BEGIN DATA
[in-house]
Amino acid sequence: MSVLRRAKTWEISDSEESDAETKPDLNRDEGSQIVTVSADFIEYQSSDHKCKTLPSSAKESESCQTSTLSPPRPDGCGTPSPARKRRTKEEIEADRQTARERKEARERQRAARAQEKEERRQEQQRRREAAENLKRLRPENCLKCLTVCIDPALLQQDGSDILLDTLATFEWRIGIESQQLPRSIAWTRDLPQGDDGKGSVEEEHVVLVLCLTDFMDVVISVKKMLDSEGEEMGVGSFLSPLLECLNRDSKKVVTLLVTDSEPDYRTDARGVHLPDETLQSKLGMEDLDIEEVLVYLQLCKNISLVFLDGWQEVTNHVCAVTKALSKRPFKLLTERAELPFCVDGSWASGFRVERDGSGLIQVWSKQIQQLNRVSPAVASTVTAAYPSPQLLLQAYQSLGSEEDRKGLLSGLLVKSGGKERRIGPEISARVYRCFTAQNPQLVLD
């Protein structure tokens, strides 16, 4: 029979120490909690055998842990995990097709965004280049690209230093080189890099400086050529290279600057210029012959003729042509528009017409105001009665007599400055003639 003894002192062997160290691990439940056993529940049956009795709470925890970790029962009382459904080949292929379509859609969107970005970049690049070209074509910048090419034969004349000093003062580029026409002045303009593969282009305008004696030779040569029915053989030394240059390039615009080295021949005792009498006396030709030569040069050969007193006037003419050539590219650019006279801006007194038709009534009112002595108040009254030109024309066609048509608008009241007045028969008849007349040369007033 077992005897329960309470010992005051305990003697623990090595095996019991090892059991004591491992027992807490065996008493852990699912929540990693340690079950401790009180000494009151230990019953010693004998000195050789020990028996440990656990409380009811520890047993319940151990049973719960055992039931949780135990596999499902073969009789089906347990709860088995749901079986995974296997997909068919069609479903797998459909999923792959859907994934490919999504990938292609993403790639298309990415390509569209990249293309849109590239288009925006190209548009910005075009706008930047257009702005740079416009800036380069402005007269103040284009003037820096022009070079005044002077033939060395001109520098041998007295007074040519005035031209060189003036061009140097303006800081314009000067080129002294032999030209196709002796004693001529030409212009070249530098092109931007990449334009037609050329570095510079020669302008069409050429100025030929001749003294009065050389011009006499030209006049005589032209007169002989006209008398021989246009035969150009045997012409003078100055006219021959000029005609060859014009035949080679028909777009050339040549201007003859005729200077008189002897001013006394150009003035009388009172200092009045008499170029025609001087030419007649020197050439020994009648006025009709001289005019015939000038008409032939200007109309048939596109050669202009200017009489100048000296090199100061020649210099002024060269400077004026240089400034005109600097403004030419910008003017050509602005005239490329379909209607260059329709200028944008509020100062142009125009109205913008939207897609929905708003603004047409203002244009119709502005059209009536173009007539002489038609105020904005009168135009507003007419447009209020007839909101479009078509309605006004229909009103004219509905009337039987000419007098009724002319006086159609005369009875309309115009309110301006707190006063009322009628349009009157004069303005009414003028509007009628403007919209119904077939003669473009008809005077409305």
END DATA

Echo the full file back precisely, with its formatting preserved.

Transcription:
[in-house]
Amino acid sequence: MSVLRRAKTWEISDSEESDAETKPDLNRDEGSQIVTVSADFIEYQSSDHKCKTLPSSAKESESCQTSTLSPPRPDGCGTPSPARKRRTKEEIEADRQTARERKEARERQRAARAQEKEERRQEQQRRREAAENLKRLRPENCLKCLTVCIDPALLQQDGSDILLDTLATFEWRIGIESQQLPRSIAWTRDLPQGDDGKGSVEEEHVVLVLCLTDFMDVVISVKKMLDSEGEEMGVGSFLSPLLECLNRDSKKVVTLLVTDSEPDYRTDARGVHLPDETLQSKLGMEDLDIEEVLVYLQLCKNISLVFLDGWQEVTNHVCAVTKALSKRPFKLLTERAELPFCVDGSWASGFRVERDGSGLIQVWSKQIQQLNRVSPAVASTVTAAYPSPQLLLQAYQSLGSEEDRKGLLSGLLVKSGGKERRIGPEISARVYRCFTAQNPQLVLD
């Protein structure tokens, strides 16, 4: 029979120490909690055998842990995990097709965004280049690209230093080189890099400086050529290279600057210029012959003729042509528009017409105001009665007599400055003639 003894002192062997160290691990439940056993529940049956009795709470925890970790029962009382459904080949292929379509859609969107970005970049690049070209074509910048090419034969004349000093003062580029026409002045303009593969282009305008004696030779040569029915053989030394240059390039615009080295021949005792009498006396030709030569040069050969007193006037003419050539590219650019006279801006007194038709009534009112002595108040009254030109024309066609048509608008009241007045028969008849007349040369007033 077992005897329960309470010992005051305990003697623990090595095996019991090892059991004591491992027992807490065996008493852990699912929540990693340690079950401790009180000494009151230990019953010693004998000195050789020990028996440990656990409380009811520890047993319940151990049973719960055992039931949780135990596999499902073969009789089906347990709860088995749901079986995974296997997909068919069609479903797998459909999923792959859907994934490919999504990938292609993403790639298309990415390509569209990249293309849109590239288009925006190209548009910005075009706008930047257009702005740079416009800036380069402005007269103040284009003037820096022009070079005044002077033939060395001109520098041998007295007074040519005035031209060189003036061009140097303006800081314009000067080129002294032999030209196709002796004693001529030409212009070249530098092109931007990449334009037609050329570095510079020669302008069409050429100025030929001749003294009065050389011009006499030209006049005589032209007169002989006209008398021989246009035969150009045997012409003078100055006219021959000029005609060859014009035949080679028909777009050339040549201007003859005729200077008189002897001013006394150009003035009388009172200092009045008499170029025609001087030419007649020197050439020994009648006025009709001289005019015939000038008409032939200007109309048939596109050669202009200017009489100048000296090199100061020649210099002024060269400077004026240089400034005109600097403004030419910008003017050509602005005239490329379909209607260059329709200028944008509020100062142009125009109205913008939207897609929905708003603004047409203002244009119709502005059209009536173009007539002489038609105020904005009168135009507003007419447009209020007839909101479009078509309605006004229909009103004219509905009337039987000419007098009724002319006086159609005369009875309309115009309110301006707190006063009322009628349009009157004069303005009414003028509007009628403007919209119904077939003669473009008809005077409305």